Gwyneth Stallard, OBE, Professor of Pure Mathematics at the Open University
Gwyneth read mathematics at King’s College, Cambridge finishing in 1985 and earned her PhD from Imperial College London in 1991. When Gwyneth became a Professor of Mathematics at the Open University, she became the first woman to be a professor in the department. Her research is in the area of complex dynamics and concerns the iteration of transcendental meromorphic functions; she is particularly interested in the possible dimensions of the Julia set and in the structure of the escaping set. She was awarded the Whitehead Prize in 2000.
Gwyneth has a long standing interest in the issues surrounding women’s careers in mathematics and chaired the London Mathematical Society’s Women in Mathematics Committee from 2006 to 2015. This work was recognized by the award of an OBE in 2015. In 2016, she was honoured as part of the Suffrage Science Scheme and was among 12 women receiving awards to celebrate their scientific achievements in maths and computing, and their ability to inspire others.
- Professor Paul Williams runner up in NERC Societal Impact Award for work on in-flight turbulence following stiff competition from research on microplastics
- Watch University public lecture by Ed Hawkins: Climate change: past, present & future
- Earliest UK weather records could hold key to predicting future climate
- A century and half of reconstructed ocean warming offers clues for the future
- Mysterious giant dust particles found at gravity-defying distances
- COP24: UN talks have an opportunity to align rules with their long-term temperature goal
- Wet season changes under future climate change could harm ‘vulnerable’ Africa (see schematic)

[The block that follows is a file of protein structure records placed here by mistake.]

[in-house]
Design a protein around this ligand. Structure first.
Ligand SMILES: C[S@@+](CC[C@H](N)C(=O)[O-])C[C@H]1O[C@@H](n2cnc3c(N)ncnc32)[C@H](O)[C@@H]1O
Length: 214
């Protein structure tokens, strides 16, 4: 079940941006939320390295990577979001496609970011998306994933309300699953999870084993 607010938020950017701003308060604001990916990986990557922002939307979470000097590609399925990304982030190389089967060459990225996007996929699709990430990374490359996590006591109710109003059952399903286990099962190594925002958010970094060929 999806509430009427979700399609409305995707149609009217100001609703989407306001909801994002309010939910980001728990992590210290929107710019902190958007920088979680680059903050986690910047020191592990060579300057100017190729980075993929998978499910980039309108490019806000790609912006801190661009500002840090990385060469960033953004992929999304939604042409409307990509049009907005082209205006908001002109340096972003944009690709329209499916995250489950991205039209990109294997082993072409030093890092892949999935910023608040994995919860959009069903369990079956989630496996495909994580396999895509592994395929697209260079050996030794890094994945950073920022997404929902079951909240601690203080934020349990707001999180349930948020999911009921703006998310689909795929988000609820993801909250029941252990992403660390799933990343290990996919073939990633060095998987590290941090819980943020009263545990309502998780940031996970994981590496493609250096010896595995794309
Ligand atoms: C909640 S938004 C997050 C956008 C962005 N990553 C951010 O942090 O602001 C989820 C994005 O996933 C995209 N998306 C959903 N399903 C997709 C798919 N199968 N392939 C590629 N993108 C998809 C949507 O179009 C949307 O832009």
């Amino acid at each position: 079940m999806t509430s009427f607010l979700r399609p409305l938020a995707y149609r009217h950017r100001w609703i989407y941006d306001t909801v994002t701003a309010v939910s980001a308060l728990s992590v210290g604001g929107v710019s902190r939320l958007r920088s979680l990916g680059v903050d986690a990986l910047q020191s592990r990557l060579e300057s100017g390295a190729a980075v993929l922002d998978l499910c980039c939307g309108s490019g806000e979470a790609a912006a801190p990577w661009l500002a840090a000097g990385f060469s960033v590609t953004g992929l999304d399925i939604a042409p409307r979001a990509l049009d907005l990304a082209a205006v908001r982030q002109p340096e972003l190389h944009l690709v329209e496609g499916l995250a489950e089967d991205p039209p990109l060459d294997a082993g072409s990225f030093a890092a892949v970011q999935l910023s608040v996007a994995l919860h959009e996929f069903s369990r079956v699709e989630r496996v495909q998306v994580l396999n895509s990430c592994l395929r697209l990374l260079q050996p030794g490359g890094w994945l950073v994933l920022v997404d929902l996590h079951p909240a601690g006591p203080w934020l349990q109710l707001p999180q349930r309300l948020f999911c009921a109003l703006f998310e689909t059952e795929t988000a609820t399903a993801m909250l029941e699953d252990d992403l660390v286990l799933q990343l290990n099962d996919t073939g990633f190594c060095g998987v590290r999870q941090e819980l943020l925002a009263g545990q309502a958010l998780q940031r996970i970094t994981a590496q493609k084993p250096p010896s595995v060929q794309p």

- Scientists from the department attend the UN COP24 climate meeting in Katowice, Poland
- Professor Paul Williams contributes to UN-style climate negotiations for school students
- Vulnerability to heat unacceptably high and rising – new Lancet report featuring Professor Nigel Arnell
- AURORAS UNLOCK THE PHYSICS OF ENERGETIC PROCESSES IN SPACE
- Weather forecasts from outer space could help keep Earth safe
- Professor Ed Hawkins awarded Royal Society Kavli Medal for his contributions to understanding and communicating climate science
- Research Engagement and Impact Awards for Professor Paul Williams and also Professor Ed Hawkins and Stephen Burt
- Red sky in sight shows charging at height
- Professor Graeme Stephens elected FRS – and RMetS awards to Meteorology staff announced
- Atlantic circulation ‘slowdown’ study hints at future climate disruption
- Six Meteorology scientists named as lead authors in upcoming IPCC climate change assessment
- More sting jet storms likely due to global warming
- TAMSAT rainfall data helping over a million farmers weather drought in Zambia
- Limiting global temperature rise to 1.5oC would avoid 60-95% of climate change impacts
- Study discovers why global warming will accelerate as CO2 levels rise
- Outlook Fine For Summer Seasonal Weather Forecasts
- A new effort aims to recover meteorology data collected by a group of hardy Victorian Scottish scientists